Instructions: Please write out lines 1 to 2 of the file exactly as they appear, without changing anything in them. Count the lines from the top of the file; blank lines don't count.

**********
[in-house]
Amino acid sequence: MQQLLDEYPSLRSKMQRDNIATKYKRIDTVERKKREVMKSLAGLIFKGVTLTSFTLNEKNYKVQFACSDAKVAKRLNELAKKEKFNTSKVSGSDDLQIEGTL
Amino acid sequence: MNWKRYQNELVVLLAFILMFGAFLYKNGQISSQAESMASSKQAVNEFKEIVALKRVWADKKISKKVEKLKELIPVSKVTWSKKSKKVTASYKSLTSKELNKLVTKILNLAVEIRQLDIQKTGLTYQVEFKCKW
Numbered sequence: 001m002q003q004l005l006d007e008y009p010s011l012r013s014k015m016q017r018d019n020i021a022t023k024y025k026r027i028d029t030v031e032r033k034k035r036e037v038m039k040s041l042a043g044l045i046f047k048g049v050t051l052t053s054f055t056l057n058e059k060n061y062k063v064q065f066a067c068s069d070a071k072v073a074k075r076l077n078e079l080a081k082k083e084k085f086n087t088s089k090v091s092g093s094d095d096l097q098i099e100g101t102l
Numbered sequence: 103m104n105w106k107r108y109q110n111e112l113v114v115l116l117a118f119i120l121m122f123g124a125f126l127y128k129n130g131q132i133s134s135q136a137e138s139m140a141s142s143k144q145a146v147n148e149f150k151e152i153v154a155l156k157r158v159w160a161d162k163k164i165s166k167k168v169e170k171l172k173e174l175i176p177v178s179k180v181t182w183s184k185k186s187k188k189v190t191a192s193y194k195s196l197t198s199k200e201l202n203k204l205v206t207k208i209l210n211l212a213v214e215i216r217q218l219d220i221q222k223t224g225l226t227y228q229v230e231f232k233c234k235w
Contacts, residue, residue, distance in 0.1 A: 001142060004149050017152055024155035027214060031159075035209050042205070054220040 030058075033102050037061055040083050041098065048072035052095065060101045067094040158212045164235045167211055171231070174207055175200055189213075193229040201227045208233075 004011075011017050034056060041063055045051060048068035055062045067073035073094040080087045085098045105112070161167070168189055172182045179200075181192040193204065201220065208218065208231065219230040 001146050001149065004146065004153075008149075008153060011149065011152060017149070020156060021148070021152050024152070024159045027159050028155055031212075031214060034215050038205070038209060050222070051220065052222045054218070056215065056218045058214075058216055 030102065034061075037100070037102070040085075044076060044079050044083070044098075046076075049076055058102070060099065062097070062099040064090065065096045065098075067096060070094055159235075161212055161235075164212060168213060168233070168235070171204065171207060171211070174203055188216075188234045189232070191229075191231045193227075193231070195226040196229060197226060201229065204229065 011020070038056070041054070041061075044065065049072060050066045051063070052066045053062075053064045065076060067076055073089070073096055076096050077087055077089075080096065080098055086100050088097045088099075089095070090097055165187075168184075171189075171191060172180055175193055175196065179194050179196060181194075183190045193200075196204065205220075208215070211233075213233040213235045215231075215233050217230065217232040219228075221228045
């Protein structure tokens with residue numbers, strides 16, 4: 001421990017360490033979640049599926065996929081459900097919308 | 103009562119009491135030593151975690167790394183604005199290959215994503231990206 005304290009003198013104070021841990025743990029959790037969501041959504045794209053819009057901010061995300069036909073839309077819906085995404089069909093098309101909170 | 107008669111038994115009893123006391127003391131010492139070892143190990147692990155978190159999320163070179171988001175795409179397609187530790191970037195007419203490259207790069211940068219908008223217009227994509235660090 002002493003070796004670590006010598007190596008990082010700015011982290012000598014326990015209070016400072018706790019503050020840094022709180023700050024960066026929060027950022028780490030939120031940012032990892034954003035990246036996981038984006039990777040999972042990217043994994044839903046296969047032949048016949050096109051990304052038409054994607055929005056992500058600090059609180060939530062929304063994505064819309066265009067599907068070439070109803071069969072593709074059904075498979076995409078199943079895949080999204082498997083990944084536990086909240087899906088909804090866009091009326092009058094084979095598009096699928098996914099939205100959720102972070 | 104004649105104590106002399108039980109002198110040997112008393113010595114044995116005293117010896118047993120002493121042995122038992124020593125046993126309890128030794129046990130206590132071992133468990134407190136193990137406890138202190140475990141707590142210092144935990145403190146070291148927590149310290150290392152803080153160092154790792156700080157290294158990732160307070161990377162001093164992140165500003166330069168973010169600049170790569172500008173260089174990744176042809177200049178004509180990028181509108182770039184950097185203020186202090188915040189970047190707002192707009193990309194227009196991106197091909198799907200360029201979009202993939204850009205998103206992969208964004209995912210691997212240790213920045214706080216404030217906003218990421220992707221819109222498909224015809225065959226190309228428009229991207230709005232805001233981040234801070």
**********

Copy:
[in-house]
Amino acid sequence: MQQLLDEYPSLRSKMQRDNIATKYKRIDTVERKKREVMKSLAGLIFKGVTLTSFTLNEKNYKVQFACSDAKVAKRLNELAKKEKFNTSKVSGSDDLQIEGTL